ORIGINALLY PUBLISHED IN THE GEORGIA STRAIGHT, JUNE 6, 1991
By Steve Newton
The five members of the Doobie Brothers that pull into the Pacific Coliseum on Friday (June 7) will be the same five guys that posed nearly naked on the racy (for 1972) fold-out sleeve of the breakthrough Toulouse Street album. They’re also the same gang that dressed up in old-fashioned Western garb and hopped on a stagecoach for that album’s hit-filled follow-up, The Captain and Me.
But despite promotional claims to the contrary, this particular team—guitarist/vocalists Tom Johnston and Patrick Simmons, drummers John Hartman and Michael Hossack, and bassist Tiran Porter—isn’t the original Doobie line-up per se.
“They just call it that for convenience as much as anything else,” admits Johnston. However, it is the Doobies line-up that first achieved real success. “The first album didn’t do anything, but the second album, Toulouse Street, took off,” says Johnston, “and the people that were on that are the ones in the band now.”
So it’s almost the original Doobie Brothers. And as far as fans of pre-Michael McDonald tunes like “China Grove”, “Jesus is Just Alright”, and “Rockin’ Down the Highway” are concerned, it might as well be. But the five players out of San Jose, California who provided ’70s high-schoolers with some of radio’s finest driving tunes have also developed musically over the years, as can be heard on the band’s latest release, Brotherhood.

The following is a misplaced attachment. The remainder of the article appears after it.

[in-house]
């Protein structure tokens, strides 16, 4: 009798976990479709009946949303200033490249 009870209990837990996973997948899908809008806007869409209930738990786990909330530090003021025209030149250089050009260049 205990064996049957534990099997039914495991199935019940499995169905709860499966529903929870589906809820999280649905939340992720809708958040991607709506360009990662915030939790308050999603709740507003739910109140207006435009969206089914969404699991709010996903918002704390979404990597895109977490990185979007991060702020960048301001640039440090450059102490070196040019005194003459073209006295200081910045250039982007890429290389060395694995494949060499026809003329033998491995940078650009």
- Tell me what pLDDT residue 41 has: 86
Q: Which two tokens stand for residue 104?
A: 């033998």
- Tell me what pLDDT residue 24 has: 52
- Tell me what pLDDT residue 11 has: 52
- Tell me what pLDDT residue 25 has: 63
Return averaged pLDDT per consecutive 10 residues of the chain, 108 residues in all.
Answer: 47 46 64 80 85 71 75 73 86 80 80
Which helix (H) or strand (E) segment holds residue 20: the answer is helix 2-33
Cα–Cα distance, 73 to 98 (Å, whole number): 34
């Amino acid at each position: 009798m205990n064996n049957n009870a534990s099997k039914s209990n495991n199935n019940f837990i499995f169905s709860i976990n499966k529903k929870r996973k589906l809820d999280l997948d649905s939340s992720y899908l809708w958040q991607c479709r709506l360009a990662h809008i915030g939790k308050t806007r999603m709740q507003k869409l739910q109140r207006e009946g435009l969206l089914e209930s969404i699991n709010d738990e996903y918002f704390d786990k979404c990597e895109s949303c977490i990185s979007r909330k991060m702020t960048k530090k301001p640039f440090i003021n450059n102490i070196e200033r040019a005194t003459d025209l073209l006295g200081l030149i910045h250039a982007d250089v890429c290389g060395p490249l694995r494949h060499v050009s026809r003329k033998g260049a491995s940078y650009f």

“We brought along a lotta new musical ideas when we got back together,” says Johnston, “ ’cause all of us had explored different things when we were apart. And then of course we used outside writing, which helped achieve even more of a different sound. We wanted to get away from the usual Doobie sound, because it’s not good to stay safe, so to speak. You gotta go out and try some other things.”
Johnston makes no apologies about the kind of the music the Doobies made in their heyday, however—or about the kind of money they made with hummable mega-hits like “Listen to the Music”, which recently surpassed two million radio broadcasts. That’s one tune that Johnston knew was going to be a hit as soon as he finished writing it.
“That’s the only song I’ve ever been correct about,” he laughs. “That’s the only song I ever said, ‘This would make a good single.’ I thought ‘China Grove’ might, but ‘Long Train Runnin’ ’? I said, ‘You’re crazy to put that out. You’re insane. That’ll never do anything.”
It did do something, though, as one of a string of hits that helped the Doobies sell more than 40 million albums world-wide. And Johnston claims that he wasn’t even striving for radio acceptance at the time. “We were just strivin’ to do anything! We weren’t striving for any particular audience, for any particular nothin’. We were just trying to make it, just get out there and get goin’.”
And what does Johnston appreciate most about the sizeable wealth he’s accumulated from a steady stream of royalty cheques?
“That it carried me over in the years when nothin’ was happening! Otherwise I’d have been out starvin’. I’m awful damn lucky to have gotten where I am, ’cause I threw a lot of money away in the ’70s bein’ nuts, like everybody else did. But I had a good accountant, and I quit bein’ crazy—in the latter part of the ’70s, anyway.”